This post explores why research presented as illustrations and infocomics can be an effective communication tool.
We discuss the definition of illustrations and infocomics and show examples from academia.
Are you ready to find out how illustrations and infocomics can be useful for presenting research?
What are illustrations and infocomics?
Before we offer an introductory definition, it is worth mentioning that the reason these two formats are discussed together in this post is because they have similarities in design in that they are more free-flowing, creative and certainly most time-consuming to produce than the types mentioned in previous blogs.
Also, the term is ‘comic’ is clearly used more often. Yet, these are comics conveying research information, hence the name (Thank you, Luke).
My interest in research presented as illustrations and infocomics was sparked when one of our clients prompted us to present ‘3 creative ways in which they could present the findings of their report’.
We put together a visual and interactive presentation (using the Prezi online software) for our client and offered three possibilities: 1) infographics, 2) illustrations and 3) infocomics. So how did we differentiate them in our presentation?
Illustrations and research communication
Illustrations are similar to infographics, but they convey a different style of design. They provide visual explanations of the text and break the rigid structure of the text with more free-flowing visualisations.
Illustrations spark imagination and can transport the reader to the place where the research took place. This can be done by creating digital characters and by telling their story and learnings.
Moreover, illustrations combine bits of text with hand-drawn illustrated elements, adding a pop of colour and design. These design elements differ from infographics because they don’t convey data but illustrate the text. Creating illustrations is time-consuming but the result is unique.
The inspiration behind the creation of illustrations in relation to research came from the European Commission and their project about explaining what pesticides are.
What struck me about this project was the seamless blend between the text and the illustrations. They enhance the text, aid understanding of a complex topic and are appealing. In addition, the illustrations break up the text and enable the digestion of large amounts of information.
Infocomics and research communication
Infocomics combine research information in a comic format and it represents one of the most visual formats of research communication. In an infocomic the ratio of text-to-visuals needs to weigh in favour of the visuals.
For example, in infographics, visual summaries, policy briefs and illustrations the graphics bring the text to life and aid understanding. However, for infocomics the minimal text aids the interpretation of the visuals.
An infocomic has storytelling superpowers because it positions research findings into a narrative. In this sense, an infocomic contains characters and develops a story with a beginning, middle and end. Moreover, infocomics stand out as outputs of research communication because they are rare and often difficult to produce. They require specialist skills to visually interpret the research narrative, with minimal text. This is unlike infographics, visual summaries and policy briefs where the text does most explaining.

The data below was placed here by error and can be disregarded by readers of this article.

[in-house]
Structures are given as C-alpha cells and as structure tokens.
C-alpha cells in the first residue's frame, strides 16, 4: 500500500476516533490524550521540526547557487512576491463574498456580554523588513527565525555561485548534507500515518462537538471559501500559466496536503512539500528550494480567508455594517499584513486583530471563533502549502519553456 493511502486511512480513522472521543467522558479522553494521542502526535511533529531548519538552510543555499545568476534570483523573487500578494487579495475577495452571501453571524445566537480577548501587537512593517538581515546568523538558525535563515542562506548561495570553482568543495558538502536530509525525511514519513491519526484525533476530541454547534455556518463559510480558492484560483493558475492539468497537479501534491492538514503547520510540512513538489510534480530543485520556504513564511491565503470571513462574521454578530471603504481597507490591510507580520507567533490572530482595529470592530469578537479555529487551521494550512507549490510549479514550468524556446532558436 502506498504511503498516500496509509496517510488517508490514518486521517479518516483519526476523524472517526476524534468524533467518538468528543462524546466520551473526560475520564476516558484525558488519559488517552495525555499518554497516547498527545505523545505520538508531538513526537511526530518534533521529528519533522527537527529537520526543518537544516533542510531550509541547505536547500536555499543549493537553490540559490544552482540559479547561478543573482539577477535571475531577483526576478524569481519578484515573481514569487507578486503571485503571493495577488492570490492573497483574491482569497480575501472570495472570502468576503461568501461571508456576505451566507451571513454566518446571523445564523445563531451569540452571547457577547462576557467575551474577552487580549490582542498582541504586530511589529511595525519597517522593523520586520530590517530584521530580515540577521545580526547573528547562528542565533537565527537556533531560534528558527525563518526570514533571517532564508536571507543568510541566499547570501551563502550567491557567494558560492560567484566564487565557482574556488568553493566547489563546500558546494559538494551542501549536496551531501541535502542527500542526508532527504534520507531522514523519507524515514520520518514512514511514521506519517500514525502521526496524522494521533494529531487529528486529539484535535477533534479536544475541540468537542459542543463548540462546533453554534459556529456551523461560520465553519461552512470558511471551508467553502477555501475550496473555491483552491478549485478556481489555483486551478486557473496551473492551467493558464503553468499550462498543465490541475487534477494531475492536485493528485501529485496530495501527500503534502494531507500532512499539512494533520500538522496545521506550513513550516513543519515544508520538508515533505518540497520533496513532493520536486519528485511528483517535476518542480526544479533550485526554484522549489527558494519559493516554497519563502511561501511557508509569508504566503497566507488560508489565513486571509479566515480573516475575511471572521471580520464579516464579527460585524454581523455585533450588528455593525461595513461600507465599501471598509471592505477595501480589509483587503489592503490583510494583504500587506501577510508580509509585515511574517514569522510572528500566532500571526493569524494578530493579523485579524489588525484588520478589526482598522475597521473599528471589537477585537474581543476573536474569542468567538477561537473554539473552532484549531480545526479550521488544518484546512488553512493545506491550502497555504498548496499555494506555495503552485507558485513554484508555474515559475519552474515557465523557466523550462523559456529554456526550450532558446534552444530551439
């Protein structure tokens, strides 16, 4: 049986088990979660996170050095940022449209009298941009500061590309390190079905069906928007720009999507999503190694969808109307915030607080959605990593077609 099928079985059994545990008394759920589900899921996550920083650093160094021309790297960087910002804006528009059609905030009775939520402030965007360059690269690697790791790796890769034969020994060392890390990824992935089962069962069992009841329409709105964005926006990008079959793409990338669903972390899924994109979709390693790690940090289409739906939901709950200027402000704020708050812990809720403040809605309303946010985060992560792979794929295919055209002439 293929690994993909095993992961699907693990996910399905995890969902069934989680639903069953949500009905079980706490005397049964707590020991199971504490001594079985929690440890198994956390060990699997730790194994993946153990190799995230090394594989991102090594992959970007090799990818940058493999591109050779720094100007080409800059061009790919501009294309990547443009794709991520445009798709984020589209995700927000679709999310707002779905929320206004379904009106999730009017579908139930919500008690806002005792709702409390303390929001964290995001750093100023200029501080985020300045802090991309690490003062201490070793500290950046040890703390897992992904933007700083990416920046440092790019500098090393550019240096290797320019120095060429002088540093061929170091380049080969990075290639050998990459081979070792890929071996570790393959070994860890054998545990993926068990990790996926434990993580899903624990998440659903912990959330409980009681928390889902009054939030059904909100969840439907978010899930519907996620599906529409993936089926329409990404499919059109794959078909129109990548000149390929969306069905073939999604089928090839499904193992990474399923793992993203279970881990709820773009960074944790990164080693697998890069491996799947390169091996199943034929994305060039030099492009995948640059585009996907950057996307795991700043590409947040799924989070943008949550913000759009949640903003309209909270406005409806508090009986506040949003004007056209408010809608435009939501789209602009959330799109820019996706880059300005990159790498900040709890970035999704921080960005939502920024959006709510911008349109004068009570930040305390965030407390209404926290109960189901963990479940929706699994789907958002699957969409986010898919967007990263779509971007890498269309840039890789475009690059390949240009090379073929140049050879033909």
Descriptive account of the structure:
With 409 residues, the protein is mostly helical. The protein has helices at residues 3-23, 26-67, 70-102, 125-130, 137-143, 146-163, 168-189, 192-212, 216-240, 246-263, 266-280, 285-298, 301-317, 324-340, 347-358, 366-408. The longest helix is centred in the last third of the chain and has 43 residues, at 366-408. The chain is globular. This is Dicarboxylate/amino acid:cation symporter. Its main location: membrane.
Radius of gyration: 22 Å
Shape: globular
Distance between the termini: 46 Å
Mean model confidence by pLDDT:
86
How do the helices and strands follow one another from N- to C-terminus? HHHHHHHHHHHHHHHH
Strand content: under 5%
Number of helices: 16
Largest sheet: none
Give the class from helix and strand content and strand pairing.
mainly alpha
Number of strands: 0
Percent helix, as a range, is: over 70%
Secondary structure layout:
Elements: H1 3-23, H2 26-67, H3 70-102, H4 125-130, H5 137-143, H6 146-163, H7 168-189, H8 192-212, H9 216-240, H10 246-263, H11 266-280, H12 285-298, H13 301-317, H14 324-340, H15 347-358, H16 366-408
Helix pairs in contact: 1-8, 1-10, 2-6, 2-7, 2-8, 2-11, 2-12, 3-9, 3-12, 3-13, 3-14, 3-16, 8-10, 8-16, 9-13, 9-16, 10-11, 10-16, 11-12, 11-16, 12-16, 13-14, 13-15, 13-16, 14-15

The first time I explored the potential of infocomics for research communication was related to the research from psychologists Dr Paul Aleixo and Krystina Sumner at Sheffield Hallam University where they disseminate educational material about the basics of sleep at undergraduate level. Their findings suggest that comics are effective to facilitate understanding and memorisation of complex information.
Another successful example of the use of comics in relation to research refers to Ph.D. student Veronica Berns turning her thesis into a comic format, hence creating a chemistry comic book titled ‘Atomic Size Matters’. Berns articulates complex concepts in an artistic way to non-technical audiences, i.e. her parents.
Last year we had an opportunity to experiment with presenting research as an infocomic.
The research was about social prescribing services and the journey a person can take through the system to get help.
In conclusion, it can be effective to have research presented as illustrations and infocomics. This is because these visual formats are highly creative, engaging and effective mediums to make research more accessible and digestible. They take more time to produce than infographics, visual summaries and policy briefs, but are more impactful.
This post is the last of a 4-blog series on the main visual outputs useful for research communication:
Infographics || Visual Summaries || Policy Briefs || Illustrations and Infocomics
- European Commission, Pesticides Explained, http://ec.europa.eu/assets/sante/food/plants/pesticides/lop/index.html
- Sheffield Hallam University (01 March 2017) Researchers marvel at potential of comics for learning, http://www4.shu.ac.uk/mediacentre/researchers-marvel-potential-comics-learning
- Aleixo, A., Sunmer, K. (2015) Memory for biopsychology material presented in comic book format, Taylor and Francis Online, https://doi.org/10.1080/21504857.2016.1219957
- Parr, A. (21 April 2015) Chemistry Ph.D. Student Turned Her Thesis Into a Comic Book, Mental Floss, http://mentalfloss.com/article/63280/chemistry-phd-student-turned-her-thesis-comic-book